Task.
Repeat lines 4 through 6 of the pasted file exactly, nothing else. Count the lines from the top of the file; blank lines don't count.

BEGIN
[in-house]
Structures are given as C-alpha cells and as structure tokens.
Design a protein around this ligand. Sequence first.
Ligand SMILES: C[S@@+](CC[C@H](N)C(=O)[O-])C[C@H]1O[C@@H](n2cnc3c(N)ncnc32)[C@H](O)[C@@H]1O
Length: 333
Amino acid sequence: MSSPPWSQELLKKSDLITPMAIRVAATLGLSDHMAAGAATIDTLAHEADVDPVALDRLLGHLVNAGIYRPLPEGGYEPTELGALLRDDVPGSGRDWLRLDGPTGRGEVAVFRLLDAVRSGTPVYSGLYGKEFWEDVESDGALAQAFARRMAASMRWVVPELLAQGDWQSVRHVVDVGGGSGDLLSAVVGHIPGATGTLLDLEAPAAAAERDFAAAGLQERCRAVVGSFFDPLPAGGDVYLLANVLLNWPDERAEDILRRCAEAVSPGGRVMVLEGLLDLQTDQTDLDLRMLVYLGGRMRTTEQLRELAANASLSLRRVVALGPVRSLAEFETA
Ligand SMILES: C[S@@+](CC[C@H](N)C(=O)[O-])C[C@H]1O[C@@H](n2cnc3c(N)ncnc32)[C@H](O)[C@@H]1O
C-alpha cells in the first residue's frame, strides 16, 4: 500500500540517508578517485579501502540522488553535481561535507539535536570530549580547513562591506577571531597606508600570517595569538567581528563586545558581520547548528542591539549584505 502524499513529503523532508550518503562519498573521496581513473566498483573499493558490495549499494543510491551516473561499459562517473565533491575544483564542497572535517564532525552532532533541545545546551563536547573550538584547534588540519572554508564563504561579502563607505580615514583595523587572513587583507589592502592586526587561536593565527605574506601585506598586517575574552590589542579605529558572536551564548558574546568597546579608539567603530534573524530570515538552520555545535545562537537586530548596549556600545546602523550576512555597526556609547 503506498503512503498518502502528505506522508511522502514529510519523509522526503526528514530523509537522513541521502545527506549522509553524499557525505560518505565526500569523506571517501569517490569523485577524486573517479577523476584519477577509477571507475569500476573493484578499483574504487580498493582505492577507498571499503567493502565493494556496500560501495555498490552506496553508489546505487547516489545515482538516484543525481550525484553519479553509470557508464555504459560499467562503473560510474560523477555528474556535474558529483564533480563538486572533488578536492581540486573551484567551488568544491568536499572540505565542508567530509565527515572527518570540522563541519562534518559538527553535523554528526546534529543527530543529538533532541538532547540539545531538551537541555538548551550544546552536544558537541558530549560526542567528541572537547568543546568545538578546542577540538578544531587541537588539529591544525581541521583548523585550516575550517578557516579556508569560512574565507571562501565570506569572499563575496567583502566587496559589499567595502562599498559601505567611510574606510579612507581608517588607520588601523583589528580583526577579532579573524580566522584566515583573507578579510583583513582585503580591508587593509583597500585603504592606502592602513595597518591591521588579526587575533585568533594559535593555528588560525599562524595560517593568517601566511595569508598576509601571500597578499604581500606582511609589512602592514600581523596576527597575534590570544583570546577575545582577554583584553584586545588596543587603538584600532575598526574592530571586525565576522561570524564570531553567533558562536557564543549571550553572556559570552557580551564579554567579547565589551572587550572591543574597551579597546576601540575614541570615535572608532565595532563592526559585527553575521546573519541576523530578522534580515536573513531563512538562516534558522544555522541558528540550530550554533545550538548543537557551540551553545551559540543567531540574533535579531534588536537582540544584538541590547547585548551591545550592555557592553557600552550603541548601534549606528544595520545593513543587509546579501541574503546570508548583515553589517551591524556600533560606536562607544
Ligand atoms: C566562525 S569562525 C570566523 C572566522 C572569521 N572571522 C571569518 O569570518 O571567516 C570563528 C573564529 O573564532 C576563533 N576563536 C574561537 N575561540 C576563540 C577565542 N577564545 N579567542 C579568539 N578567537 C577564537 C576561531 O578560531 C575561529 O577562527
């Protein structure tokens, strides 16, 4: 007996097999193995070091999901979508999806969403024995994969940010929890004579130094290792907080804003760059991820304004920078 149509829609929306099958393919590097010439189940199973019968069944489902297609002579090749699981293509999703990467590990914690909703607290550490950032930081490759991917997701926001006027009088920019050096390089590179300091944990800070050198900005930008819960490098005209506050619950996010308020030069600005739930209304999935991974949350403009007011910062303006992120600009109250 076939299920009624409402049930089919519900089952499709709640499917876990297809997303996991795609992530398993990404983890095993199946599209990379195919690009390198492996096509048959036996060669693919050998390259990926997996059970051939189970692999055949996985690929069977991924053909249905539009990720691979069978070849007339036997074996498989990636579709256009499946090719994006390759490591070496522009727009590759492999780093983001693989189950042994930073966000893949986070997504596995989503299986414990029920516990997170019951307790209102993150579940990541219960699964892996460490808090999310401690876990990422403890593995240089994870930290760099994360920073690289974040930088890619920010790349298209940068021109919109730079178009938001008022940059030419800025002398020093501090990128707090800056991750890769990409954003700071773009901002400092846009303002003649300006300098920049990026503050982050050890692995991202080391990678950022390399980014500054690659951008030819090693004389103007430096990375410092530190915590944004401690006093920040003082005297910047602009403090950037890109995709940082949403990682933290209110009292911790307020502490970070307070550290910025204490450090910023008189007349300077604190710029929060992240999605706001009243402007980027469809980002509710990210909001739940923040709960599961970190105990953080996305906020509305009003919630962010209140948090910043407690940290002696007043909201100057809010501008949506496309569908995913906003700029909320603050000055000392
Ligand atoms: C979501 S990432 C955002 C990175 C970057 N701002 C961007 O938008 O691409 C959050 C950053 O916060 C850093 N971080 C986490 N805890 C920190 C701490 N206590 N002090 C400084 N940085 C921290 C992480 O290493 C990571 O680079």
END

Ligand SMILES: C[S@@+](CC[C@H](N)C(=O)[O-])C[C@H]1O[C@@H](n2cnc3c(N)ncnc32)[C@H](O)[C@@H]1O
Length: 333
Amino acid sequence: MSSPPWSQELLKKSDLITPMAIRVAATLGLSDHMAAGAATIDTLAHEADVDPVALDRLLGHLVNAGIYRPLPEGGYEPTELGALLRDDVPGSGRDWLRLDGPTGRGEVAVFRLLDAVRSGTPVYSGLYGKEFWEDVESDGALAQAFARRMAASMRWVVPELLAQGDWQSVRHVVDVGGGSGDLLSAVVGHIPGATGTLLDLEAPAAAAERDFAAAGLQERCRAVVGSFFDPLPAGGDVYLLANVLLNWPDERAEDILRRCAEAVSPGGRVMVLEGLLDLQTDQTDLDLRMLVYLGGRMRTTEQLRELAANASLSLRRVVALGPVRSLAEFETA